That young people largely make up audiences accounts for some of the tension between traditional and modern the creative director of PengHao mentioned in her interview.  There is a sense of loss in the younger generation.  As children move to big cities, away from small towns or the countryside where their families have always lived, there is a loss of one of China’s oldest values, the importance of family.  Since these rich family connections are not being maintained, the cultural structure of the country is changing. There is a new emphasis on “…want[ing] to be rich [resulting in] work[ing] hard and ear[ing] money to get a better life.” (Field Journal 43).  In the words of my interviewee, China “…is developing too fast, we cannot follow the train.” (Field Journal 44)  Avant-Garde theatre, such as that preformed at PengHao, is deconstructed in a way that results in audience confusion and disillusionment.  As China is rapidly expanding and it a constant state of flux, it makes sense that Avant-Garde theatre would become the preferred style of performance as a younger audience will more readily empathize with a disenchanted world.  To this point, my interviewee commented that she liked Avant-Garde theatre because it “…shows all emotions.” (Field Journal 41)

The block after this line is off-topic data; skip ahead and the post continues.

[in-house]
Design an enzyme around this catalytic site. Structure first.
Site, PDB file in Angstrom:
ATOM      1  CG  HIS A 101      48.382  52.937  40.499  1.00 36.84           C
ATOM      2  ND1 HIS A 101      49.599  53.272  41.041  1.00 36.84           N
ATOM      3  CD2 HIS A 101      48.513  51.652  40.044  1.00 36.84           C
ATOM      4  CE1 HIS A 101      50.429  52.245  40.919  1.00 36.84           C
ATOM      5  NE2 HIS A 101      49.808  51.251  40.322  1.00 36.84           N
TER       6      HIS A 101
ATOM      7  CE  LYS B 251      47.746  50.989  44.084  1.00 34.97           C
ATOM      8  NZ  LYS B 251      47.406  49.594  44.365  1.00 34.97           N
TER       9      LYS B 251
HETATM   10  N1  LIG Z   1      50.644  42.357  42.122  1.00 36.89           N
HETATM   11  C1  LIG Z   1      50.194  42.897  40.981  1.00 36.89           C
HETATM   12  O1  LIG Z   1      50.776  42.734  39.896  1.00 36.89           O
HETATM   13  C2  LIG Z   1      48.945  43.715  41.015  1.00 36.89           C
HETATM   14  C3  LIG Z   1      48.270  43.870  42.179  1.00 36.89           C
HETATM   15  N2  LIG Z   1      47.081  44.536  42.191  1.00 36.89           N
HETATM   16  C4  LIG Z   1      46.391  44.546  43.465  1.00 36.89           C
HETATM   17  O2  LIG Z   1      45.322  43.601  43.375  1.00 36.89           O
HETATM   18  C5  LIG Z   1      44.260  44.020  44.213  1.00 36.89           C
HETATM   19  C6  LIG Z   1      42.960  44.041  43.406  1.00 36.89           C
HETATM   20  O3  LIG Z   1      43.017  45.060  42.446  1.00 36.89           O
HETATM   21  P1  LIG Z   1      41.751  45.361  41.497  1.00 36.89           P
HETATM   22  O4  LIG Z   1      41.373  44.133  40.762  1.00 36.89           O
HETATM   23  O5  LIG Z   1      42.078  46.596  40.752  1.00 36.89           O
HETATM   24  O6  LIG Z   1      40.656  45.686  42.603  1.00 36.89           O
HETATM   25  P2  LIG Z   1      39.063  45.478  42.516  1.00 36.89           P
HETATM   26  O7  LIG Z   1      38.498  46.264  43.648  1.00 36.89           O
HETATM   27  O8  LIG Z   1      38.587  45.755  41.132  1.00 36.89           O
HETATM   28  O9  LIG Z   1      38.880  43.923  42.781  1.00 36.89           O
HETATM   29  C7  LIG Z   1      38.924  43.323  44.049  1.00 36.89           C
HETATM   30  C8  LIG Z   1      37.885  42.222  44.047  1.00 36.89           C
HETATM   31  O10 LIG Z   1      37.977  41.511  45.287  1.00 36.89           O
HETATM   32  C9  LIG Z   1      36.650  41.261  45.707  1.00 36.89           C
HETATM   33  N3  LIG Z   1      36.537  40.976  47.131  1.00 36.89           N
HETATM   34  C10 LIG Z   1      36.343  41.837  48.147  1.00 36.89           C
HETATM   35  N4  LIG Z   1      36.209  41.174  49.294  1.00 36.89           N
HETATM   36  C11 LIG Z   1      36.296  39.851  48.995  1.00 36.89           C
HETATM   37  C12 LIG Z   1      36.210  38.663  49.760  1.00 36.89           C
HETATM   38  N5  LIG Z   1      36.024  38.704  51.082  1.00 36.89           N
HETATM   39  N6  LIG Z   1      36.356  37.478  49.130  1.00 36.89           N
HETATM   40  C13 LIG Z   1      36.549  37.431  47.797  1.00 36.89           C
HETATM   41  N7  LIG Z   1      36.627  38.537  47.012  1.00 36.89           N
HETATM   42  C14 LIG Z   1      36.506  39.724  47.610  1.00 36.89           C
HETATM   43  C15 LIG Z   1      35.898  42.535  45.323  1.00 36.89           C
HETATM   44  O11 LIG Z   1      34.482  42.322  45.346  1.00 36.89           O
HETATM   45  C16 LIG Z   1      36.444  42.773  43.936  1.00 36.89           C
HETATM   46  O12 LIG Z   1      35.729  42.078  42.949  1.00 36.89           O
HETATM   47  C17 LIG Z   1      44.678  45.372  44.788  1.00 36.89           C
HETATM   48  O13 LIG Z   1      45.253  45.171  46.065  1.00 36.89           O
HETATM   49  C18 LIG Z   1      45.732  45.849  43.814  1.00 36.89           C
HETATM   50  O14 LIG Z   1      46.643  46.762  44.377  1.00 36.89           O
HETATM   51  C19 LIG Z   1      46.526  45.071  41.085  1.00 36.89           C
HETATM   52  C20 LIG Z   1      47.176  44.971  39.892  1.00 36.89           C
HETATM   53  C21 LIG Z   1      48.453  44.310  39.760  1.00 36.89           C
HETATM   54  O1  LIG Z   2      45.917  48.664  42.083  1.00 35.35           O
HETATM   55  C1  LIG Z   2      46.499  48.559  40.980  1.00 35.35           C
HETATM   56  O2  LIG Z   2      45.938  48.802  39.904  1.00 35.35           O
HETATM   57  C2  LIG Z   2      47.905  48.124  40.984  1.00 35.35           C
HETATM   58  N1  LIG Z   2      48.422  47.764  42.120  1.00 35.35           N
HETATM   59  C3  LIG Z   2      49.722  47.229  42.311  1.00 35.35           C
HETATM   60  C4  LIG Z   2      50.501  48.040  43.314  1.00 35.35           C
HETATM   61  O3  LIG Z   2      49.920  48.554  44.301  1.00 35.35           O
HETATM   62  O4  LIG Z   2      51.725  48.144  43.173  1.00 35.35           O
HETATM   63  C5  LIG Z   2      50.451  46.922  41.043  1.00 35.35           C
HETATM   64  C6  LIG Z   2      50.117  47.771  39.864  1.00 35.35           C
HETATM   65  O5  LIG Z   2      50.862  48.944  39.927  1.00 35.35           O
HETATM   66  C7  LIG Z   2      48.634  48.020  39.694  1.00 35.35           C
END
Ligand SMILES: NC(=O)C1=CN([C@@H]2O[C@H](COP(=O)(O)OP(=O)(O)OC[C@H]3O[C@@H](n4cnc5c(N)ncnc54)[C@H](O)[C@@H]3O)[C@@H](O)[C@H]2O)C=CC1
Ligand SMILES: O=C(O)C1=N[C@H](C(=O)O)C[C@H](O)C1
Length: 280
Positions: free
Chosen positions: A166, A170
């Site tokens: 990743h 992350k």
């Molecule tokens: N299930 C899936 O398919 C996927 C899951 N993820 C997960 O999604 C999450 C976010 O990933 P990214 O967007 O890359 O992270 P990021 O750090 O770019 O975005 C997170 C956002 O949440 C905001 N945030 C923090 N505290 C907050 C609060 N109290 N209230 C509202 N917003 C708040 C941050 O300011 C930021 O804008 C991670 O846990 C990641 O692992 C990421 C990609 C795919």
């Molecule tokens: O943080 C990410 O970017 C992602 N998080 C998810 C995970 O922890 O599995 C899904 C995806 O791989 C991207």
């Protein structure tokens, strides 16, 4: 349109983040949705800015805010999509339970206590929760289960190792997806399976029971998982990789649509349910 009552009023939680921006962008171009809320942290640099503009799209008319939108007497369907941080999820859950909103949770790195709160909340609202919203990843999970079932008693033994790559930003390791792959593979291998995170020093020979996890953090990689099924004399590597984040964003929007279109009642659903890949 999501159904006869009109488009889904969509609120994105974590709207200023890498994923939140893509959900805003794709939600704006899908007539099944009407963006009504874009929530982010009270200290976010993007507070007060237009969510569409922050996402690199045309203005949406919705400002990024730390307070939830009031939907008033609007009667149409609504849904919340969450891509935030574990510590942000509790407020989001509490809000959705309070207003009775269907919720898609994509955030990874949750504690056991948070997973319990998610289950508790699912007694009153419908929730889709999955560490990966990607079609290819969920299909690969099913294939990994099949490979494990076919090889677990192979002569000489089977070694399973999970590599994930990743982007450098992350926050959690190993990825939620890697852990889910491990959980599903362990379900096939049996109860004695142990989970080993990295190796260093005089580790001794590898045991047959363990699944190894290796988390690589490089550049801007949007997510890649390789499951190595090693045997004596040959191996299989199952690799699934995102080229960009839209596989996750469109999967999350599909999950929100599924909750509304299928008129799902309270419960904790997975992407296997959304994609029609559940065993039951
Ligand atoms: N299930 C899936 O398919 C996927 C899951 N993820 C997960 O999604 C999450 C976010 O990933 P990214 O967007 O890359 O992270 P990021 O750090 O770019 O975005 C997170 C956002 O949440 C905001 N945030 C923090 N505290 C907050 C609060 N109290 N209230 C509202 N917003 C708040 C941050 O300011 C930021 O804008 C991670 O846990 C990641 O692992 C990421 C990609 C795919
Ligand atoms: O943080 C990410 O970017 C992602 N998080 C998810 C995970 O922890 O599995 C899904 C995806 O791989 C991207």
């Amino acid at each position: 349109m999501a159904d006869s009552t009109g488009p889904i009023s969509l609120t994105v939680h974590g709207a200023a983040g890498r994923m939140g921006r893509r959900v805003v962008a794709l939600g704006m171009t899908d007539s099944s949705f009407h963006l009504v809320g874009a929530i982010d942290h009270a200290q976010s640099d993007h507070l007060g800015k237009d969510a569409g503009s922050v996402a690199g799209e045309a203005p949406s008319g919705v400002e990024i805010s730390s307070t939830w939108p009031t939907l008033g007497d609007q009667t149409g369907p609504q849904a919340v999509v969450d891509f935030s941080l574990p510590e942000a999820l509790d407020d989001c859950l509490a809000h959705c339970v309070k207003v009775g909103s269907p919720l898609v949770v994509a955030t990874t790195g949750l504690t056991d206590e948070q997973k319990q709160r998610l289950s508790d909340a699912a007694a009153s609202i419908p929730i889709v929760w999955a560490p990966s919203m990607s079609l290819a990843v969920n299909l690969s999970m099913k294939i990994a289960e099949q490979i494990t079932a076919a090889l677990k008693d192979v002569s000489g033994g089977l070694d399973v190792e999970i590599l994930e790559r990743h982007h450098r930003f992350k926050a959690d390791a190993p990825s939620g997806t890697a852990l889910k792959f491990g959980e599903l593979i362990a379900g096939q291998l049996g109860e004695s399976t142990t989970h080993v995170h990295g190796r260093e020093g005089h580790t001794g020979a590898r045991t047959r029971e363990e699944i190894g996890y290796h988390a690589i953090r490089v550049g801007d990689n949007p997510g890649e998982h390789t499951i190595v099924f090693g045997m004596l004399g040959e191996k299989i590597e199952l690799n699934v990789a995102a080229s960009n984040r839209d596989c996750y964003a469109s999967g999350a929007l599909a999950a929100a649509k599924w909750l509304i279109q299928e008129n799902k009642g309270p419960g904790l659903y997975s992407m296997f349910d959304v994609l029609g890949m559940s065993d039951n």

A Play at PengHao

In order to fully understand and see these concepts in action, I purchased tickets to see an Avant-Garde play that was to be performed at PengHao.  The play was entitled 写诗, literally Writing Poetry, and told in a series of vignettes.  Each story was told by a young person, the oldest I would have place in their early Thirties.  The story’s mainly revolved around challenges that young people would face, love and loss, concern about the future, failing a exam, and depression.  While these stories were powerful while within their own right, the formal elements of this play were interesting to assess in a cultural context.